Ashby went downstairs, seeing Bedford there a while later. When she found out that Bedford’s mother was coming to meet Gosiak, she encouraged Bedford to go wake Gosiak up so she could get dressed and fix her hair and makeup.

Bedford went upstairs and Ashby then heard him holler for help. Dahn ran upstairs first, then called for Ashby. She rolled Gosiak over and saw that she was gray.

“She was not breathing, so I began CPR while Christian called 911,” Ashby said. “I did CPR until the police arrived and took over.”

Dahn testified next, describing Gosiak on the evening of Feb. 27 as “the first time I’d seen her truly happy. She did treatment on her own (not ordered by the court) and I told her we were proud of her.”

Dahn corroborated Ashby’s testimony of the events of Feb. 27. He said he was not feeling well that night after getting home and went to bed early.

His recitation of events on the morning of Feb. 28 corroborated Ashby’s.

Morrison County Sheriff’s Deputy Doug Rekstad described the detailed way that he — someone not otherwise involved in the investigation — was called upon by Leese to administer a photo lineup to Pingeon. He said Pingeon identified the photo of Bird two times, being 75 to 80 percent certain.

The state rested its case.

Following Wednesday’s noon recess, the defense made a motion for acquittal, arguing that intervening events between Mangun’s sale of the heroin and Gosiak’s overdose negated his responsibility — constituting a lack of “proximate cause.”

Proximate cause is an event sufficiently related to a legally recognizable injury to be held to be the cause of that injury.

Kosovich asserted that just the opposite was true, that the “mere fact that drugs are dangerous means that death is foreseeable.” Mangun didn’t even need to be present if the end result was foreseeable.

Freeberg denied the motion. “My belief is that the legislative intent (when this law was written) was to track back the sales, following the chain of delivery. It is foreseeable that the drugs would be distributed further.”

No defense witnesses were called. Kosovich gave his closing statement first, recapping the events of Feb. 27 and 28, 2012, for the jury.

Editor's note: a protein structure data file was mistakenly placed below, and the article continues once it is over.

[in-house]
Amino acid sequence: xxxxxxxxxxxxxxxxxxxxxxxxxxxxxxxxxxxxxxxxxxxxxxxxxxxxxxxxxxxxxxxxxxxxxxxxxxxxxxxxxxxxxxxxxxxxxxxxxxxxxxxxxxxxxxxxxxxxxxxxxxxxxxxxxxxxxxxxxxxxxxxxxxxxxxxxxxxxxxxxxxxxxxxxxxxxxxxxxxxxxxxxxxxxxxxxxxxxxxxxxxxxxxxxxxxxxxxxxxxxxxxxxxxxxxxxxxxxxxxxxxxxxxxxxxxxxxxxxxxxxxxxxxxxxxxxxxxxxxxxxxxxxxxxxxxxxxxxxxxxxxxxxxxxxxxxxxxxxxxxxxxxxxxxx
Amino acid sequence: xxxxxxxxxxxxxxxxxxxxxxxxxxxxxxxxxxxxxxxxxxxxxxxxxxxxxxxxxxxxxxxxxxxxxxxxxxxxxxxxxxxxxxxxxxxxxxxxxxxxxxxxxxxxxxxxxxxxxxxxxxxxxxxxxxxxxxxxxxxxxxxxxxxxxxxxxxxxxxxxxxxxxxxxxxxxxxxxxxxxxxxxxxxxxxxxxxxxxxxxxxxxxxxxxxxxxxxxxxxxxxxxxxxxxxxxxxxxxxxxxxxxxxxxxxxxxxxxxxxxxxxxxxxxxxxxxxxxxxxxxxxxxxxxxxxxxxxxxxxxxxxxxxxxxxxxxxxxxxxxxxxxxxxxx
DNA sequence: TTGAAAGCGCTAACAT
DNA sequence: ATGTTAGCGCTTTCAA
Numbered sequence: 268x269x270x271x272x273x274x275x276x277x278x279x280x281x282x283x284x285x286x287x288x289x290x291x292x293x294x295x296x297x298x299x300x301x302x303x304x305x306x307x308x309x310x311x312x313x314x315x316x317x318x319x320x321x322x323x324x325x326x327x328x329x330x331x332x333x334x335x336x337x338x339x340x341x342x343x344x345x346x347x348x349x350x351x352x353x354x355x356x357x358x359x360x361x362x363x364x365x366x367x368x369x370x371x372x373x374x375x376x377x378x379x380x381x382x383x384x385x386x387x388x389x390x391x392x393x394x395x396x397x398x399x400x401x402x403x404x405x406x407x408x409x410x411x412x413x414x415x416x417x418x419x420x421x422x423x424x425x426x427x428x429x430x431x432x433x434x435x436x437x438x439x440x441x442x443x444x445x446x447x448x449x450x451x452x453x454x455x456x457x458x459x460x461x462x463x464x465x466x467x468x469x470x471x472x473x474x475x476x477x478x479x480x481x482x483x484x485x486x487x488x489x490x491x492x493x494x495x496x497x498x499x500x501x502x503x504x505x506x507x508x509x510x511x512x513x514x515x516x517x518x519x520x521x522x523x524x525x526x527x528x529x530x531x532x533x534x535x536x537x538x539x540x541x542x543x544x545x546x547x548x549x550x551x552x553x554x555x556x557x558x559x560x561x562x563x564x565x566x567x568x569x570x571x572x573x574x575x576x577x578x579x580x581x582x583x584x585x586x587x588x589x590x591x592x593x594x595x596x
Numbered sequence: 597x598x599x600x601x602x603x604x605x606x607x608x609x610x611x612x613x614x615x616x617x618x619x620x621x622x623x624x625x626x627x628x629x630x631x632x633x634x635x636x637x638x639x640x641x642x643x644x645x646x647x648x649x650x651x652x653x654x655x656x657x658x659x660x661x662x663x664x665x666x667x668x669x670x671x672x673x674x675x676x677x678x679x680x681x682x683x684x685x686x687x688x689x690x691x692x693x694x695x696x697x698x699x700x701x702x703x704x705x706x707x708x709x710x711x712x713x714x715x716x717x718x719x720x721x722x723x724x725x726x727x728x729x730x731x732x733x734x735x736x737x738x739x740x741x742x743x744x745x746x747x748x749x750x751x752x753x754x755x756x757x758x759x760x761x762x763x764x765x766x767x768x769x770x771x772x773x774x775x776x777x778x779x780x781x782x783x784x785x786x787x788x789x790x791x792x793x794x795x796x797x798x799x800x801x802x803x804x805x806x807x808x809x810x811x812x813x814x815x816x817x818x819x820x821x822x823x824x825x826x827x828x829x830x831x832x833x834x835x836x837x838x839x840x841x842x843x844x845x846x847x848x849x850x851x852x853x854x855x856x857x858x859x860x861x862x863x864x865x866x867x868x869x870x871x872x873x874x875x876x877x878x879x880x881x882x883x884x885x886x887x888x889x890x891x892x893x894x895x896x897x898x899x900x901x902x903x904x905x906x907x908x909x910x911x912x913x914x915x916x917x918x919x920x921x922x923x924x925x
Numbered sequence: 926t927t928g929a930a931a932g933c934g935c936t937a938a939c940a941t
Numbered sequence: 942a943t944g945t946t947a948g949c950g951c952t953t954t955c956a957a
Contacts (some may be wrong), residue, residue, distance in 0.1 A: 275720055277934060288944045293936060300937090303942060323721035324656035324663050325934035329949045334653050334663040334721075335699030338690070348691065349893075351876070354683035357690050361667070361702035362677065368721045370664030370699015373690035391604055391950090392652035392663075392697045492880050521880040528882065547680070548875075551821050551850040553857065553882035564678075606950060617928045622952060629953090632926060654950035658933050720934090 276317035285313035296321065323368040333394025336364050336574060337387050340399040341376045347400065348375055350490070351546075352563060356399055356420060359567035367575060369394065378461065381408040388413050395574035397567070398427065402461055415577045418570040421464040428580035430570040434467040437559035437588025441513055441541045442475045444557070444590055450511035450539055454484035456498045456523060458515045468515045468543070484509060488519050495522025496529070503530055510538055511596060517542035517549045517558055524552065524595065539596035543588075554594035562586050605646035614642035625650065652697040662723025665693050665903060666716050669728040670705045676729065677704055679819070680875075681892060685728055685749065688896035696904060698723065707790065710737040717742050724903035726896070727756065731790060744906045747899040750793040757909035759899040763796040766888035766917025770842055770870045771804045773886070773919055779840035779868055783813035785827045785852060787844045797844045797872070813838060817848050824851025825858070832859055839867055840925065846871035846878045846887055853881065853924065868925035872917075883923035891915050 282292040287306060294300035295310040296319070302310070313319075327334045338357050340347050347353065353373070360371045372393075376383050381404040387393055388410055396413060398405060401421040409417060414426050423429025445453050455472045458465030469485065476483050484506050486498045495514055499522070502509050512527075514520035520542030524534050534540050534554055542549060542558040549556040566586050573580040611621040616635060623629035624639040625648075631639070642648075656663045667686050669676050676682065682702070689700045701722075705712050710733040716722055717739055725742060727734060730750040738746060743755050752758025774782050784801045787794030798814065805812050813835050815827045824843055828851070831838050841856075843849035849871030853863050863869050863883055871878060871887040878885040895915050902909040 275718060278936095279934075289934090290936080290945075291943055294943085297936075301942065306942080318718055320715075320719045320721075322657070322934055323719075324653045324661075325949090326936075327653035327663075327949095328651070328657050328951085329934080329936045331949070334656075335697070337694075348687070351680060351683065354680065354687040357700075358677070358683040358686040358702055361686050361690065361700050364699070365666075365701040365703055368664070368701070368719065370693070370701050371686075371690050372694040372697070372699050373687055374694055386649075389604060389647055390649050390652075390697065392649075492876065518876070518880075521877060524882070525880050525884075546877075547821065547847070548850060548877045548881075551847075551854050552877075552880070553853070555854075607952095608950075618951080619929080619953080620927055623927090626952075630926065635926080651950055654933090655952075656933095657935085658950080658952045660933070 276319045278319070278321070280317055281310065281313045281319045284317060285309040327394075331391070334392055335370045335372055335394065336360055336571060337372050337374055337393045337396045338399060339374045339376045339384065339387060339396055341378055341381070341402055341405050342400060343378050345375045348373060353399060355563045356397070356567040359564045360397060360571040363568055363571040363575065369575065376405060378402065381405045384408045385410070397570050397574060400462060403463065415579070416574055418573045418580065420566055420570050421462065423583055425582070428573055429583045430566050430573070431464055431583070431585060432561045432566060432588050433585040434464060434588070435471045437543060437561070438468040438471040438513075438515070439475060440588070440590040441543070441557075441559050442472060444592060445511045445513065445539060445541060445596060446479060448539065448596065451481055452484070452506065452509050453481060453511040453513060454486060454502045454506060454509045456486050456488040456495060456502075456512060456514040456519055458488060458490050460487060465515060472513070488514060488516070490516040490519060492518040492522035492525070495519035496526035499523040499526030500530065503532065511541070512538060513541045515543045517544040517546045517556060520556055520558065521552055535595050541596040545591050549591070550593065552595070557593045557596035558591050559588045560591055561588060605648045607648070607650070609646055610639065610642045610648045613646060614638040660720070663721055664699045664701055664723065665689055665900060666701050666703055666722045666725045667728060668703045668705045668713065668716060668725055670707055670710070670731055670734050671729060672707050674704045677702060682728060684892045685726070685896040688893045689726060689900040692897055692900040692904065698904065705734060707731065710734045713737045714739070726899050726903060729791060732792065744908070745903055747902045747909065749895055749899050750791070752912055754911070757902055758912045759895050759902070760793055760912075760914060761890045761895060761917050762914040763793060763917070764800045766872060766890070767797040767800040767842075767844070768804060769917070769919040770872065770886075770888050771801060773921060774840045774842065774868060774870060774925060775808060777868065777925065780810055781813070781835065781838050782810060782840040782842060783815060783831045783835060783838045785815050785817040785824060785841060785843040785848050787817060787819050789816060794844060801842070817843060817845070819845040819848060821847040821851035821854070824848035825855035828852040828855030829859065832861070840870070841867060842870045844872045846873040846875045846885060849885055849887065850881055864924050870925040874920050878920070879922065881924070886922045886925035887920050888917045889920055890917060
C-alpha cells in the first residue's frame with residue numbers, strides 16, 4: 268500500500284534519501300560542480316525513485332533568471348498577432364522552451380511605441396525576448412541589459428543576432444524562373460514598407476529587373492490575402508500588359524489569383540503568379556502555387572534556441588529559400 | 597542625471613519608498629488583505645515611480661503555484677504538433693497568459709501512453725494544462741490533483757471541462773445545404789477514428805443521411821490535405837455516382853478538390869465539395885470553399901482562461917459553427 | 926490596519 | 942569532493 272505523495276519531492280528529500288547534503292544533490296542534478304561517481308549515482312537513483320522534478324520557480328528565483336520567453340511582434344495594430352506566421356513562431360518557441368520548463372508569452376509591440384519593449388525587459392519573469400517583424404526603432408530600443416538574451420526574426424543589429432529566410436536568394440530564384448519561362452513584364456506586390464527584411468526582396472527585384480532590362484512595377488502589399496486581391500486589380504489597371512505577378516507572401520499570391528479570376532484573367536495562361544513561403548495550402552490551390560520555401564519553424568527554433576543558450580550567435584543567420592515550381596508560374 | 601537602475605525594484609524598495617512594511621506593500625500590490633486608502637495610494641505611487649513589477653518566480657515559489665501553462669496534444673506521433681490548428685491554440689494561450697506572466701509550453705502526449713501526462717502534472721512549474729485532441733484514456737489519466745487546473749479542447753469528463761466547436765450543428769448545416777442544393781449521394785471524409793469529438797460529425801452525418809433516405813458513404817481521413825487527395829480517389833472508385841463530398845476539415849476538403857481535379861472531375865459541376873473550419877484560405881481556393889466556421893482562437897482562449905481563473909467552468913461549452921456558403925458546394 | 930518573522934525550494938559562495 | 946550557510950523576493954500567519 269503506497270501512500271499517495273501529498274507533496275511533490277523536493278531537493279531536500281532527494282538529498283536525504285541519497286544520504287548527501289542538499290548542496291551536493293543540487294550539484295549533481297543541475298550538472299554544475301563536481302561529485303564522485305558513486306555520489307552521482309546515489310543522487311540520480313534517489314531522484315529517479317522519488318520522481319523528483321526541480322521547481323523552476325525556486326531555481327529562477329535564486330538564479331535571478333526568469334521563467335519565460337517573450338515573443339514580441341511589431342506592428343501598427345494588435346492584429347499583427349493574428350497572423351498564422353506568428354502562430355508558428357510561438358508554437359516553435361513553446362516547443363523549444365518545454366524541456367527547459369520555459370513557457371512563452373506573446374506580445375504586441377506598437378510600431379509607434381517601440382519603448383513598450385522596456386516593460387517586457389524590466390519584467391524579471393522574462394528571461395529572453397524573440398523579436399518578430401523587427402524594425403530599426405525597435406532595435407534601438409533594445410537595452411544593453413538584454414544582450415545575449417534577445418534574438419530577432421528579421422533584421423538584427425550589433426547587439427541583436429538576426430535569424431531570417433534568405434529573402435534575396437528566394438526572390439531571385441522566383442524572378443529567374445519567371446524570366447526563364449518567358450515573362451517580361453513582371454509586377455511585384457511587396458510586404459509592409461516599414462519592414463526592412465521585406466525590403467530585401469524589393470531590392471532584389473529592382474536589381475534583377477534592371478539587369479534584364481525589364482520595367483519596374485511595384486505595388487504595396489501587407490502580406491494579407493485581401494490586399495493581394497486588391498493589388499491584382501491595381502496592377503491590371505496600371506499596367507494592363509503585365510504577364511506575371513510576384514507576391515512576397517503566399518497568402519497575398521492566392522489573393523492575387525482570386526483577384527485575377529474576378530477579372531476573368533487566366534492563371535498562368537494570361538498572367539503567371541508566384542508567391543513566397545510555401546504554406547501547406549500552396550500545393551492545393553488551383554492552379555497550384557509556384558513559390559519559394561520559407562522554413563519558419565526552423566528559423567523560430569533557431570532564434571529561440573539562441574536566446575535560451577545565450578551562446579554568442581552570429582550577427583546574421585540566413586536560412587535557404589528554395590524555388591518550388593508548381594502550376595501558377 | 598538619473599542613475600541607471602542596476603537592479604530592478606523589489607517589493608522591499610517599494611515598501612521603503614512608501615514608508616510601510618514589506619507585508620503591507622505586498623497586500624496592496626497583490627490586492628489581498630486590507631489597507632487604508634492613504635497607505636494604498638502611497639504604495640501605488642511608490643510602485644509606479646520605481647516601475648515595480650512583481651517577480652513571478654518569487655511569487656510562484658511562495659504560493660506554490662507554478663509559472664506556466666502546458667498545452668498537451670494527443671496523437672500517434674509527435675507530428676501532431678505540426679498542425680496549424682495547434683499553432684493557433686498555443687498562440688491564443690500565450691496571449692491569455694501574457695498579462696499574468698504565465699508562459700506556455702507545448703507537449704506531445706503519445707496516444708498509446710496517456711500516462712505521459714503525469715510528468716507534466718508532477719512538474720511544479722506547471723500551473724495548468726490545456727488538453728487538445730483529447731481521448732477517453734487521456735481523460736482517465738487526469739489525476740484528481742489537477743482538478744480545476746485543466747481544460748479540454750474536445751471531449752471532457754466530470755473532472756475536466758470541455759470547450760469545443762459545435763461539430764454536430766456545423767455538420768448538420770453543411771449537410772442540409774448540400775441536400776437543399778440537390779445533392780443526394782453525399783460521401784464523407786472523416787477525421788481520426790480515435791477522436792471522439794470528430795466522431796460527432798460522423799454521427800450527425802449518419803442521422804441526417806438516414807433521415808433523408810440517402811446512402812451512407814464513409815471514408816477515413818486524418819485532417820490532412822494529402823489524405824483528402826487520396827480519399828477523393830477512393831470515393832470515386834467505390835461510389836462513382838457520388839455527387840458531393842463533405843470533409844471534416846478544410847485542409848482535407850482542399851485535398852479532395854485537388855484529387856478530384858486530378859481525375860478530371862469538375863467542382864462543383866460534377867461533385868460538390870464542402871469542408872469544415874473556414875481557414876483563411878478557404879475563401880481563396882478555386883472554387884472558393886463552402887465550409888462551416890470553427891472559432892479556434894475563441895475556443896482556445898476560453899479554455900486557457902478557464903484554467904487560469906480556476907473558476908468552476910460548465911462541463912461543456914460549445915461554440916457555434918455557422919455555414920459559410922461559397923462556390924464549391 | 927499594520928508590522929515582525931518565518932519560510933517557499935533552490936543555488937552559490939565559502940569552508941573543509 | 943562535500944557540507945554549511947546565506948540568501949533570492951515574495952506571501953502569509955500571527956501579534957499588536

In the defense’s closing statement, Ascheman opinted out that there were too many questions remaining, “too many things we simply do not know.”

Ascheman asserted that the prosecution had not presented evidence that answered those questions. “We don’t know if Mr. Bedford had heroin from other sources. We don’t know when Ms. Gosiak consumed the heroin on the 28th. We don’t know where she got the heroin (possibly coming to Ashby’s with heroin on her.) Nobody saw her take heroin that morning. Nobody gave her any heroin. There were times when nobody was with her that morning.”

The jury was dismissed to deliberate shortly after 4 p.m.

A group of 15-20 of Gosiak’s friends and family members followed the trial, accompanied by Hands of Hope staff members.

Mangun was supported by his significant other and family members.

A verdict was returned at 7:13 p.m.

Kosovich asked that Mangun be taken into custody immediately because of the seriousness of the crime.

Ascheman asked that the defendant be given 48 hours to get his affairs in order.

“He has several children, including a newborn, who he would like to say goodbye to,” said Ascheman.

Freeberg denied the request.

“This is a major victory in the war on heroin,” Kosovich said. “In this case, we went after the heroin dealer himself.”

“I hope this case sends a message,” said County Attorney Brian Middendorf. “Heroin users and dealers in Morrison County now know that this office will go after them for murder when there is an overdose. In addition, I wish to thank our partners in law enforcement for their many hours of investigation that made this conviction possible.”

“This is a precedent-setter,” said Strack. “It has unbelievable importance throughout the state in rural communities.”

Sentencing has been set for Nov. 27, at 11 a.m. Minnesota Sentencing guidelines call for a 134-month prison sentence.